Yesterday, gold hit a near one-year high as the markets entered a new quarter with a weak dollar and the specter of central bank demand looming in the background. The spot price of bullion shot over $1,790 per ounce—a level not noted since last November.
Nearly 4.0 million ounces of gold were traded on the domestic futures market, and it’s possible the central banks were involved in some of the dealings.
“When the dust settles, I wouldn’t be surprised at all if we learn that central banks have been buying gold over the last couple of weeks” said Adrian Day of Adrian Day Asset Management in Annapolis, Maryland.
“The central banks typically do not tell upfront if they’re buying gold, but they were in the market during the summer, as we belatedly found out, and they could be keeping up with that momentum now,” said Day, whose firm manages about $200 million in commodities, about a third of that in gold holdings.
In the second quarter, bullion was trading between less than $1,530 and slightly over $1,680, while spot price slid down 4 percent from the first quarter. In the third quarter, approximately 11 percent in gains were noted, with trading going over $1,787 per ounce.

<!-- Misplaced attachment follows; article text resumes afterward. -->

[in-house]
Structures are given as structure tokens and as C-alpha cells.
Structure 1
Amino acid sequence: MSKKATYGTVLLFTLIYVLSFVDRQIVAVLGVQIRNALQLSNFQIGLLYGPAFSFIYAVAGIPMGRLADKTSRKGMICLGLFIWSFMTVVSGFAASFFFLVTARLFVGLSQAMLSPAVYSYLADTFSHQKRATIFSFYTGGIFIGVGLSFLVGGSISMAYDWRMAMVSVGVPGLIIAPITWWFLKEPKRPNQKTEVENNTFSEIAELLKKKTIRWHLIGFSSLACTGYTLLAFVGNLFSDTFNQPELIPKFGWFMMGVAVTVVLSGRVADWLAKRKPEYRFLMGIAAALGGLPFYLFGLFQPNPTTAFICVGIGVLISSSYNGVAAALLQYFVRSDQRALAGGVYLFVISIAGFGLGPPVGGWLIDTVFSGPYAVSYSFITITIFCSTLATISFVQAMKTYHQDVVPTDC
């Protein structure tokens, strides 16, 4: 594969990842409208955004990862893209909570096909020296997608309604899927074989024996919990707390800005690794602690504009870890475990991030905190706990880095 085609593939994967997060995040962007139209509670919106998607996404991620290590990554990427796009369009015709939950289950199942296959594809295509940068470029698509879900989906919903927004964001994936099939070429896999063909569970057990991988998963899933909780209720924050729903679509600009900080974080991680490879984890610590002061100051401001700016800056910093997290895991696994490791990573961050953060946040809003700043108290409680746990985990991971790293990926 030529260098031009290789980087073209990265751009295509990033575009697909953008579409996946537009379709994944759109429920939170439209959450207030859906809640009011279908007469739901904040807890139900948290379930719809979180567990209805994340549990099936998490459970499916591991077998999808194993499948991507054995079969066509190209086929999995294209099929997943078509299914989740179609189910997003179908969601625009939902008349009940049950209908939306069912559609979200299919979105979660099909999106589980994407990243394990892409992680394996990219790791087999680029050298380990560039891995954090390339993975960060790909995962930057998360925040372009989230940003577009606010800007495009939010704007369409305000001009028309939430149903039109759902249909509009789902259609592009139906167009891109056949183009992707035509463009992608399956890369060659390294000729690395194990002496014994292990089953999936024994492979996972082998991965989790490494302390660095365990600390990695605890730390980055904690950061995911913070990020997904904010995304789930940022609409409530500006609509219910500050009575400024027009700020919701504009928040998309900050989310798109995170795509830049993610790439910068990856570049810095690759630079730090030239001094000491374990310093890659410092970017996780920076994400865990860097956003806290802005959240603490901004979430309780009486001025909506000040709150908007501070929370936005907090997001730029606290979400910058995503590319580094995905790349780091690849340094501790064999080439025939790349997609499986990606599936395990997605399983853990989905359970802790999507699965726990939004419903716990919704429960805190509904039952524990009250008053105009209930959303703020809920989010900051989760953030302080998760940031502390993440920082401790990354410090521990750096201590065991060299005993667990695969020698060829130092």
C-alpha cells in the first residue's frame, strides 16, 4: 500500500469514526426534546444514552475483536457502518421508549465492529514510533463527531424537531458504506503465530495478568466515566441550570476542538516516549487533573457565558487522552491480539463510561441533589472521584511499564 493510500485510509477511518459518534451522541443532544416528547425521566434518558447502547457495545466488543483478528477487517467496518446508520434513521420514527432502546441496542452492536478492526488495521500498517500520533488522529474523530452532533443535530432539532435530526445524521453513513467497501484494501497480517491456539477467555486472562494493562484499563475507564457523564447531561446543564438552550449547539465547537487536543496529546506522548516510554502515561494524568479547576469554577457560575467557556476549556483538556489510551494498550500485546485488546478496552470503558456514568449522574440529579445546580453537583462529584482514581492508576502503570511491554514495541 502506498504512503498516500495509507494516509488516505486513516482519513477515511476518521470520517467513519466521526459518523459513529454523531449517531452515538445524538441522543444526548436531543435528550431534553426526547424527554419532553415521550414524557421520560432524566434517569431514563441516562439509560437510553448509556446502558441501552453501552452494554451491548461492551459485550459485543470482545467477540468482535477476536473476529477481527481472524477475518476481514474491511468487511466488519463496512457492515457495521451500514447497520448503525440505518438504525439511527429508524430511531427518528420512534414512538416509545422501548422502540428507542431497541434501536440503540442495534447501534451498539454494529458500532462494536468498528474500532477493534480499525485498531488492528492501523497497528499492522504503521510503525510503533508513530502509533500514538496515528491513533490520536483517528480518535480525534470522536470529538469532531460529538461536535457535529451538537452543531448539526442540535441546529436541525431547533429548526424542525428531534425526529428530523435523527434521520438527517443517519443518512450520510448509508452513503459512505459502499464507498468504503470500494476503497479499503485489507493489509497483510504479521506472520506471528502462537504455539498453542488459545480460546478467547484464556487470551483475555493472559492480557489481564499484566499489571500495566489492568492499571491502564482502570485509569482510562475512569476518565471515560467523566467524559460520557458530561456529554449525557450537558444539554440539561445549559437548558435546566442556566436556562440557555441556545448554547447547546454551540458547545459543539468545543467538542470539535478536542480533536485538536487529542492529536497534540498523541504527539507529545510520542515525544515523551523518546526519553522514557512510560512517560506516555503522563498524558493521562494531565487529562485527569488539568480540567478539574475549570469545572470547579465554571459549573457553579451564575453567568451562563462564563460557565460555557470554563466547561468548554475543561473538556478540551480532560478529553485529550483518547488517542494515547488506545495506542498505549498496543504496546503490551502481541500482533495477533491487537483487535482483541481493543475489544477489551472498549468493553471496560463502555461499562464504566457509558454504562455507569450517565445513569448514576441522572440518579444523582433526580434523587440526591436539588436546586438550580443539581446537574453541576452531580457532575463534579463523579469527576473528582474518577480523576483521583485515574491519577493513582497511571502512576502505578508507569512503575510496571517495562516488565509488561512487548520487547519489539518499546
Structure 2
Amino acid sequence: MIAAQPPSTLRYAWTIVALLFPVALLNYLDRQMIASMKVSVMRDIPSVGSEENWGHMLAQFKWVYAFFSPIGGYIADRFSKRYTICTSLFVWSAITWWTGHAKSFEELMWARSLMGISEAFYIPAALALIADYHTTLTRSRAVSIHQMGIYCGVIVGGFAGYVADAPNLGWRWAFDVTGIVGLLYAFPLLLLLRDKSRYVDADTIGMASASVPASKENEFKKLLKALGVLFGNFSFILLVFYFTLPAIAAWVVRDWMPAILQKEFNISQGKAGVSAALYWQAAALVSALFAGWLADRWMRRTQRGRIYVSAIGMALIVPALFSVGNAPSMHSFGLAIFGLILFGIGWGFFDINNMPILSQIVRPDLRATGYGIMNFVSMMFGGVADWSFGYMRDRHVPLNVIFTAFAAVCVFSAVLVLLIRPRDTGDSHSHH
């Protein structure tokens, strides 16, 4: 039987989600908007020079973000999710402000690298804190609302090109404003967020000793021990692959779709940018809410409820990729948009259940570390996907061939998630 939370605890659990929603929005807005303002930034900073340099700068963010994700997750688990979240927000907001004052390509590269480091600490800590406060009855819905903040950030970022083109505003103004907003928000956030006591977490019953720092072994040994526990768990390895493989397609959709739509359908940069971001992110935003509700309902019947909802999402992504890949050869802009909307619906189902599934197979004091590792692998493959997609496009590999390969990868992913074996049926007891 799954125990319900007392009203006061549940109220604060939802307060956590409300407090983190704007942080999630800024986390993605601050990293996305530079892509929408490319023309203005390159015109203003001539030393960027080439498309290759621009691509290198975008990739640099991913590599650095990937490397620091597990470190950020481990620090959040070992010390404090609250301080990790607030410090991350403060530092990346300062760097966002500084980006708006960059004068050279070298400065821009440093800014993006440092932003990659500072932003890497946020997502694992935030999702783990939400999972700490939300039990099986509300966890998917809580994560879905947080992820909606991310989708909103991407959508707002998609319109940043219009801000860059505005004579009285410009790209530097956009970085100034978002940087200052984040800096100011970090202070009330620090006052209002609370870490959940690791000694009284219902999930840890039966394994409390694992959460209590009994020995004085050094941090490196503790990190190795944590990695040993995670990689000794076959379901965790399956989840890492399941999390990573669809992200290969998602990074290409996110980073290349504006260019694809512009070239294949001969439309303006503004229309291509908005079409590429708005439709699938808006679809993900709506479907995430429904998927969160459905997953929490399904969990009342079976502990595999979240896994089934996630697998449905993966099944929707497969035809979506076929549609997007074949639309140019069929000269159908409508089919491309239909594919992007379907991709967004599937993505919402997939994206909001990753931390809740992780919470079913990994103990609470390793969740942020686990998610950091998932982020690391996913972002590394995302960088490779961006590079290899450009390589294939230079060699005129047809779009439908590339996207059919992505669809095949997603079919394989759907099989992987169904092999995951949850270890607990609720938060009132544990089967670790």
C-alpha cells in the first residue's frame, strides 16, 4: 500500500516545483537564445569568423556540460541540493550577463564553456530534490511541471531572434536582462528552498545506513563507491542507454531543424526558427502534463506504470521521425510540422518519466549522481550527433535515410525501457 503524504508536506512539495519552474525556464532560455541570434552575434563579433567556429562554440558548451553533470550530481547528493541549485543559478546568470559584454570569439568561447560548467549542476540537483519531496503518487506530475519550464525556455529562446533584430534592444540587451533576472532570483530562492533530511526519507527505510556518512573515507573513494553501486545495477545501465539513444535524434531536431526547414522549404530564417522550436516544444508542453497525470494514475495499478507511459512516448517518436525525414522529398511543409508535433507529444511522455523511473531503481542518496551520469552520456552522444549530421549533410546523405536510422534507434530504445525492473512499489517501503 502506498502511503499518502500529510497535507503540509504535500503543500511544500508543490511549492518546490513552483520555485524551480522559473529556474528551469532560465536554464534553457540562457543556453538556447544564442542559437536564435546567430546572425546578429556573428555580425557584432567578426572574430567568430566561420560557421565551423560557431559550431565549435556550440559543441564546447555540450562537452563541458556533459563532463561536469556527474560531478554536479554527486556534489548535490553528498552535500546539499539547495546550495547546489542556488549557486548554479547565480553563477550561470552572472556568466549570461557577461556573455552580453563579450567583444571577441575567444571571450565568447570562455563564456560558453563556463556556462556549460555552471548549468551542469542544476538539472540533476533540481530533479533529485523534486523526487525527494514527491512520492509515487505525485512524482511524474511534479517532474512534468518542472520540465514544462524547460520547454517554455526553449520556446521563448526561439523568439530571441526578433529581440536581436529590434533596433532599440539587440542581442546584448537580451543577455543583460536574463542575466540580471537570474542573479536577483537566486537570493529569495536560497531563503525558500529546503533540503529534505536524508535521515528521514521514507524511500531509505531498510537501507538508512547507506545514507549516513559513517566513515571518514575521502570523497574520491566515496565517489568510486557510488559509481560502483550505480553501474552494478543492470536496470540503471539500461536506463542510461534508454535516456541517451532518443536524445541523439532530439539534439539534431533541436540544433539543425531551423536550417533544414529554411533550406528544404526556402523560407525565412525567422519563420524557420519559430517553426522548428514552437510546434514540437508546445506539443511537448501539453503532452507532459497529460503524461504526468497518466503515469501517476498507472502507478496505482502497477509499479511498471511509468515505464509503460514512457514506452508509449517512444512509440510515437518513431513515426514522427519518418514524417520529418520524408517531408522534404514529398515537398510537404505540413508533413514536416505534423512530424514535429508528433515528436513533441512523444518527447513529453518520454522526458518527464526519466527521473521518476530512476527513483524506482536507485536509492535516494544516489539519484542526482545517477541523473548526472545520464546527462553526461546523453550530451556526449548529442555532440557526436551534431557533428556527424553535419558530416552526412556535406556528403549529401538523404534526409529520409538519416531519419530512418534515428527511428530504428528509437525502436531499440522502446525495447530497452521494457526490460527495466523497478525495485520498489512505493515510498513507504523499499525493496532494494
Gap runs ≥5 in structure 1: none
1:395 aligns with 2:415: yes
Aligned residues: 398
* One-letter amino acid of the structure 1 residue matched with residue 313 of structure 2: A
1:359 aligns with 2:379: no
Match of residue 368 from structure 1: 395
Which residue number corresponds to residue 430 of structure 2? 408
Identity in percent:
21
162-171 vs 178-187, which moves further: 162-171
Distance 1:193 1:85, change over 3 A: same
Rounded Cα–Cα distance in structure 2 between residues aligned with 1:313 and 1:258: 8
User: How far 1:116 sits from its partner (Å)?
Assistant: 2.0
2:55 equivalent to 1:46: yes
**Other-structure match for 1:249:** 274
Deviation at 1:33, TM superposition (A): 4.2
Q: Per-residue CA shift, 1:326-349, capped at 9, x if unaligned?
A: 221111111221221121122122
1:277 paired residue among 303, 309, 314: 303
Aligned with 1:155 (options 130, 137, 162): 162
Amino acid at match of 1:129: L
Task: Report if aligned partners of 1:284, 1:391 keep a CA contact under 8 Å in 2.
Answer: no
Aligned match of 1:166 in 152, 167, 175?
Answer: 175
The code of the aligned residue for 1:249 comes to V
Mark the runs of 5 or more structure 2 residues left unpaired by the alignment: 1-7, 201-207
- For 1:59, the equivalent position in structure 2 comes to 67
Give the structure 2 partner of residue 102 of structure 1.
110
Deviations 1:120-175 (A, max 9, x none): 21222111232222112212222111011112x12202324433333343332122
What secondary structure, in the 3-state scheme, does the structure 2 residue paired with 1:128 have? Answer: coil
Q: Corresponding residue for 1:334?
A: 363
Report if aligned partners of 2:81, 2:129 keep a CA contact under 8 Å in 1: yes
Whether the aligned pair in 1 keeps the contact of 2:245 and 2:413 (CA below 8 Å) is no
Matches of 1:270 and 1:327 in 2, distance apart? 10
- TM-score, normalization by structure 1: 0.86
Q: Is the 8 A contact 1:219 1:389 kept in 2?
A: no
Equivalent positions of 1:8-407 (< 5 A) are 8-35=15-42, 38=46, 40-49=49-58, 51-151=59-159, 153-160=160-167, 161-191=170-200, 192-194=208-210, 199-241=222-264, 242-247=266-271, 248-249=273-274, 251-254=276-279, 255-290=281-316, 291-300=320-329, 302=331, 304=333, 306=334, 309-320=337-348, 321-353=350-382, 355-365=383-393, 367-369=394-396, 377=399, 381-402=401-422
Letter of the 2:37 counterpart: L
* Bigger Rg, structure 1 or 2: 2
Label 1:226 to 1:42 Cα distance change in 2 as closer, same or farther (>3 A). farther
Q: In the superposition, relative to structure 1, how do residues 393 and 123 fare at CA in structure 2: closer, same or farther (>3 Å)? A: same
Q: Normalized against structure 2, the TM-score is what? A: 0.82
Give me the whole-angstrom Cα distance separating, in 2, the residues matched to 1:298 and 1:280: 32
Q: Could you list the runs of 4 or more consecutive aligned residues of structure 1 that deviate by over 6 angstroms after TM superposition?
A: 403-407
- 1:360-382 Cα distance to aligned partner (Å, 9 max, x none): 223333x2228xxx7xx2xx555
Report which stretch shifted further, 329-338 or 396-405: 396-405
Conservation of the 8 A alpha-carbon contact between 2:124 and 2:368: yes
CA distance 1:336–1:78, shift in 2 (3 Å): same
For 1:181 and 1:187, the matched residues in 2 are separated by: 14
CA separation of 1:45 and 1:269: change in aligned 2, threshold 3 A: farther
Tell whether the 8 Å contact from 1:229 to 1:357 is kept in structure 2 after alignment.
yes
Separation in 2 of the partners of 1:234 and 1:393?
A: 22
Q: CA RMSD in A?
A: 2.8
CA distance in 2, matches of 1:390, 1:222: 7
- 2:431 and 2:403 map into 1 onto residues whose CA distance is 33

Onn Monday, bullion rose to $1,791.20 while U.S. futures settled up 0.5 percent at $1,783.30. Back in November 2011, gold had peaked over $1,795.
If a continued weakness in the dollar and strong risk appetite hold, the futures market may well break the $1,800 mark, analysts anticipate. A monthly report on U.S. unemployment is due this Friday, as is a meeting of the European Central Bank.
Yesterday data was released showing an unexpected bump in domestic manufacturing in September – the first time since May. The euro also made a strong showing against the dollar on Monday, ending a three-week low period. However, it’s not known when Spain will make their request for a bailout from the ECB in exchange for lowered borrowing costs, and this lively mix of factors is going to keep gold prices unstable in the near future.
The market may shift around a bit in anticipation of Friday’s report. Last month, the U.S. Fed promised to pour $40 billion in cash into the financial system each month until the unemployment rate lowers. And the ECB and China’s central bank have implemented their own stimulus plans over the past few months. Gold is likely to climb more, but not without some dips, analysts say.